I have argued at some length in my “Reports on Cancer," that man is in his structure herbivorous. This appears to me to be a question of extreme importance, and I have therefore thought it might be useful to give on this subject the sentiments of a writer who has made comparative anatomy a peculiar object of his study. The following quotation is from the article “Man," in Dr. Rees's Encyclopedia [reference to The Great English Cyclopaedia], written by Mr. Lawrence, assistant-surgeon of St. Bartholomew's Hospital. “The present seems a very proper place for considering a question that is frequently agitated on this subject, whether man approaches most nearly to the carnivorous or herbivorous animals in his structure? We naturally expect to find in the figure and construction of the teeth a relation to the kind of food which an animal subsists on. The carnivorous have very long and pointed cuspidati or canine teeth, which are employed as weapons of offence and defence, and are very serviceable in seizing and lacerating their prey; these are three or four times as long as the other teeth in some animals, as the lion, tiger, etc., and constitute very formidable weapons. The grinding teeth have their bases elevated into pointed prominences, and those of the lower shut within those of the upper jaw. In the herbivorous animals these terrible canine teeth are not found, and the grinders have broad surfaces opposed in a vertical line to each other in the two jaws; enamel is generally intermixed with the bone of the tooth in the latter, and thus produces ridges on the grinding surface, by which their operation on the food is increased; in the former it is confined altogether to the surface. For further details on this subject see Mammalia. The articulation of the lower jaw differs very remarkably in the two kinds of animals: in the carnivorous it can only move forward and backward; in the herbivorous it has, moreover, motion from side to side. Thus, we observe in the flesh eaters, teeth calculated only for tearing, and subservient in part, at least, to the procuring of food as well as to purposes of defence, and an articulation of the lower jaw that precludes all lateral motion; in those which live on vegetables the form of the teeth and nature of the joint are calculated for the lateral or grinding motion; the former swallow the food in masses, while in the latter it undergoes considerable comminution before it is swallowed. The teeth of man have not the slightest resemblance to those of the carnivorous animals, except that their enamel is confined to the external surface; he possesses, indeed, teeth called canine, but they do not exceed the level of the others, and are obviously unsuited to the purposes which the corresponding teeth execute in carnivorous animals. These organs, in short, very closely resemble the teeth of monkeys, except that the canine are much longer and stronger in the latter animals. In the freedom of lateral motion, the lower jaw of the human subject resembles that of herbivorous animals. In the form of the stomach again, and, indeed, in the structure of the whole alimentary canal, man comes much nearer to the monkey than to any other animal. The length and divisions of the intestinal tube are very different, according to the kind of food employed. In the proper carnivorous animals, the canal is very short, and the large intestine is cylindrical; in the herbivora, the former is very long, and there is either a complicated stomach or a very large cecum and a sacculated colon. In comparing the length of the intestines to that of the body in man, and in other animals, a difficulty arises on account of the legs, which are included in the former and left out in the latter; hence the comparative length of the intestinal tube is stated at less than it ought to be in man. If allowance be made for this circumstance, man will be placed on nearly the same line with the monkey race, and will be removed to a considerable distance from the proper carnivora. Soemmerring states, that the intestinal canal of man varies from three to eight times the length of the body. (De Corp. Hum. Tab. t. 6, p. 200.)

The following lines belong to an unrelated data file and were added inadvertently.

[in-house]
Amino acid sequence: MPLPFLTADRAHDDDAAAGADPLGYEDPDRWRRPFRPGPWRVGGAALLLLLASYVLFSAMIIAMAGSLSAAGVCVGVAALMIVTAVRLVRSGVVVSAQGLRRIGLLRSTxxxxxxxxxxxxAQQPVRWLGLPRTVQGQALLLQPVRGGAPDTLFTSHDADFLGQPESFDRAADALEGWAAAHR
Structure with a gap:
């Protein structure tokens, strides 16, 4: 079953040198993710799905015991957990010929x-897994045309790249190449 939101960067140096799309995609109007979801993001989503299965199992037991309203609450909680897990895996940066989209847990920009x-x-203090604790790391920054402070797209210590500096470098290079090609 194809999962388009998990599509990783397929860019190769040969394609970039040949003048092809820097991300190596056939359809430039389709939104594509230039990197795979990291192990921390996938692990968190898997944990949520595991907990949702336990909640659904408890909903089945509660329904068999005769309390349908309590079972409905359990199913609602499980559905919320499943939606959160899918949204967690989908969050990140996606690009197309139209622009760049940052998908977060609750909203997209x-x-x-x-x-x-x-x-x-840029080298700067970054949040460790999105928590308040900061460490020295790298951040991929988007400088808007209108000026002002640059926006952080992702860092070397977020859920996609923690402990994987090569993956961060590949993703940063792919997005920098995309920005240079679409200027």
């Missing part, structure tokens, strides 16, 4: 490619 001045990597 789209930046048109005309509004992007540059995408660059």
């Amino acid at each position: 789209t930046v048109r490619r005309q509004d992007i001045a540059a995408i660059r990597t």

pp. 120-122, regular text, not a footnote: